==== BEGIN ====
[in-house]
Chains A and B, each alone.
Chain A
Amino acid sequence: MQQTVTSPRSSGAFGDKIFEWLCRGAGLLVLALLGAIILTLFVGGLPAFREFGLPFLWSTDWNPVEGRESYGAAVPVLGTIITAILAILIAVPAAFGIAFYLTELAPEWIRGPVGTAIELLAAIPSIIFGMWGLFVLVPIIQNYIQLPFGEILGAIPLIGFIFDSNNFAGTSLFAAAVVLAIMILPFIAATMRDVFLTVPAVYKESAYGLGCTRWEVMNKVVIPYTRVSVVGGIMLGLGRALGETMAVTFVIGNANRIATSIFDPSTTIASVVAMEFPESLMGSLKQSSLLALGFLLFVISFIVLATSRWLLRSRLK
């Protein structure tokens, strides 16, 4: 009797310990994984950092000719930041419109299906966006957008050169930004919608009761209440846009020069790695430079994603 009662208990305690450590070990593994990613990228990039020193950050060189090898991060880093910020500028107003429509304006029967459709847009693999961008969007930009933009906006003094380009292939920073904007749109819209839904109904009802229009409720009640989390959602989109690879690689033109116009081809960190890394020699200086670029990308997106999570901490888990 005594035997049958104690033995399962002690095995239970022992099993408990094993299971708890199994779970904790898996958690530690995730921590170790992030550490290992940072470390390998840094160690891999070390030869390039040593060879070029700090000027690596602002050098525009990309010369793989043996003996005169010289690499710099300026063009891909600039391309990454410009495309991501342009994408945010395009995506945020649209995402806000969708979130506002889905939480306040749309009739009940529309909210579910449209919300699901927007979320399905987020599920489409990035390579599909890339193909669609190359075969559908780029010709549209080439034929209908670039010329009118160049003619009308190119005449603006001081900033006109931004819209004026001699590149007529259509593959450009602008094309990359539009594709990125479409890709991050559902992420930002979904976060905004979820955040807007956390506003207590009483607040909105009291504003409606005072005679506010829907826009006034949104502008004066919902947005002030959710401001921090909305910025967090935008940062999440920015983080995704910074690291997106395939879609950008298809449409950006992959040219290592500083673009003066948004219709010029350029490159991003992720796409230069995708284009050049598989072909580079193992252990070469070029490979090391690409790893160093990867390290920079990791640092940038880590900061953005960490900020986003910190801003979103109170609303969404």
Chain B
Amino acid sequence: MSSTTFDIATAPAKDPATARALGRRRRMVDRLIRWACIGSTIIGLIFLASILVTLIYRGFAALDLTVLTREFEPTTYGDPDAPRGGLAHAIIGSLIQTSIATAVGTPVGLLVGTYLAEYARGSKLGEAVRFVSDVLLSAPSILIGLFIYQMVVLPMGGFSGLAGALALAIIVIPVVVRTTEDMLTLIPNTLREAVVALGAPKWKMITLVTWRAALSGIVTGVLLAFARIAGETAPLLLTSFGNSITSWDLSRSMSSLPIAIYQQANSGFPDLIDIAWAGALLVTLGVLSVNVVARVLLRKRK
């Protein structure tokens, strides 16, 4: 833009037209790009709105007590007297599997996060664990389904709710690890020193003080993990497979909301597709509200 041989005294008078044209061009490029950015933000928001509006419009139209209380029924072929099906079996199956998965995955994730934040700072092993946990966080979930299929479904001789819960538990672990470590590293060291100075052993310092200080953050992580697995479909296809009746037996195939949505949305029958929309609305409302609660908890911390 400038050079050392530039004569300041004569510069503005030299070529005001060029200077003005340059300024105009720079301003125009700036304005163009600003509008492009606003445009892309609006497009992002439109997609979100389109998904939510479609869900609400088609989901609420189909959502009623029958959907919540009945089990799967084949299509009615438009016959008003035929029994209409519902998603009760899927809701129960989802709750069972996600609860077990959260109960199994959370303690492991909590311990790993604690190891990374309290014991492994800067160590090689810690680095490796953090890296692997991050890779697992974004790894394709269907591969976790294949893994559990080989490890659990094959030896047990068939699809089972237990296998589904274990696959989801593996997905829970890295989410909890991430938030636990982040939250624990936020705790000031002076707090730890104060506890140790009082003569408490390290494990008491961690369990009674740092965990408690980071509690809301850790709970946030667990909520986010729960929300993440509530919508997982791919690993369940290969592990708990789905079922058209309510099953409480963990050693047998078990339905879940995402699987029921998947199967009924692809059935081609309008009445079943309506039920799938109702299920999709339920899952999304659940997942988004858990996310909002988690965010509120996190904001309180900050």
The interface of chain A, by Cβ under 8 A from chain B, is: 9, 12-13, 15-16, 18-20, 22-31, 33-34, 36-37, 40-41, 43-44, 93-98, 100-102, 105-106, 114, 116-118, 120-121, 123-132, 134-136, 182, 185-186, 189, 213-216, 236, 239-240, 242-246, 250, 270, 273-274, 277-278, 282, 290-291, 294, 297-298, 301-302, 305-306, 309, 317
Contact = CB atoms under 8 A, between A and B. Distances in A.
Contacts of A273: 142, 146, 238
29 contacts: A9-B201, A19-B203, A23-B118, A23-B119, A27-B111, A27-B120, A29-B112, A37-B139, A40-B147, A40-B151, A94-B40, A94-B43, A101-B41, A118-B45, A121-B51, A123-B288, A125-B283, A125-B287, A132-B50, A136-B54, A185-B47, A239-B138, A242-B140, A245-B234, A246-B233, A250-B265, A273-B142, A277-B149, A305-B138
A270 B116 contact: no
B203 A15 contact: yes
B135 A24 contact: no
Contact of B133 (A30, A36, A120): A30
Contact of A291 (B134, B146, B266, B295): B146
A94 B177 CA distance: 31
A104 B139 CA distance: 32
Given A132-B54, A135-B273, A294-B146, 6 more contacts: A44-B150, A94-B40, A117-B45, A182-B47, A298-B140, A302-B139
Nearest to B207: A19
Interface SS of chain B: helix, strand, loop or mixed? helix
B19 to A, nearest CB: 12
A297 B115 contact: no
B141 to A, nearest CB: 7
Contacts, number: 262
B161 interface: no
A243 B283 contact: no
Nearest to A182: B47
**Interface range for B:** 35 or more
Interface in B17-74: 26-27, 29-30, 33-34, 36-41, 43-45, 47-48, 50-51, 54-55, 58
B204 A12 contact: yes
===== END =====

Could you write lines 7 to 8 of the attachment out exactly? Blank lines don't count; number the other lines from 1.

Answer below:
Amino acid sequence: MSSTTFDIATAPAKDPATARALGRRRRMVDRLIRWACIGSTIIGLIFLASILVTLIYRGFAALDLTVLTREFEPTTYGDPDAPRGGLAHAIIGSLIQTSIATAVGTPVGLLVGTYLAEYARGSKLGEAVRFVSDVLLSAPSILIGLFIYQMVVLPMGGFSGLAGALALAIIVIPVVVRTTEDMLTLIPNTLREAVVALGAPKWKMITLVTWRAALSGIVTGVLLAFARIAGETAPLLLTSFGNSITSWDLSRSMSSLPIAIYQQANSGFPDLIDIAWAGALLVTLGVLSVNVVARVLLRKRK
């Protein structure tokens, strides 16, 4: 833009037209790009709105007590007297599997996060664990389904709710690890020193003080993990497979909301597709509200 041989005294008078044209061009490029950015933000928001509006419009139209209380029924072929099906079996199956998965995955994730934040700072092993946990966080979930299929479904001789819960538990672990470590590293060291100075052993310092200080953050992580697995479909296809009746037996195939949505949305029958929309609305409302609660908890911390 400038050079050392530039004569300041004569510069503005030299070529005001060029200077003005340059300024105009720079301003125009700036304005163009600003509008492009606003445009892309609006497009992002439109997609979100389109998904939510479609869900609400088609989901609420189909959502009623029958959907919540009945089990799967084949299509009615438009016959008003035929029994209409519902998603009760899927809701129960989802709750069972996600609860077990959260109960199994959370303690492991909590311990790993604690190891990374309290014991492994800067160590090689810690680095490796953090890296692997991050890779697992974004790894394709269907591969976790294949893994559990080989490890659990094959030896047990068939699809089972237990296998589904274990696959989801593996997905829970890295989410909890991430938030636990982040939250624990936020705790000031002076707090730890104060506890140790009082003569408490390290494990008491961690369990009674740092965990408690980071509690809301850790709970946030667990909520986010729960929300993440509530919508997982791919690993369940290969592990708990789905079922058209309510099953409480963990050693047998078990339905879940995402699987029921998947199967009924692809059935081609309008009445079943309506039920799938109702299920999709339920899952999304659940997942988004858990996310909002988690965010509120996190904001309180900050």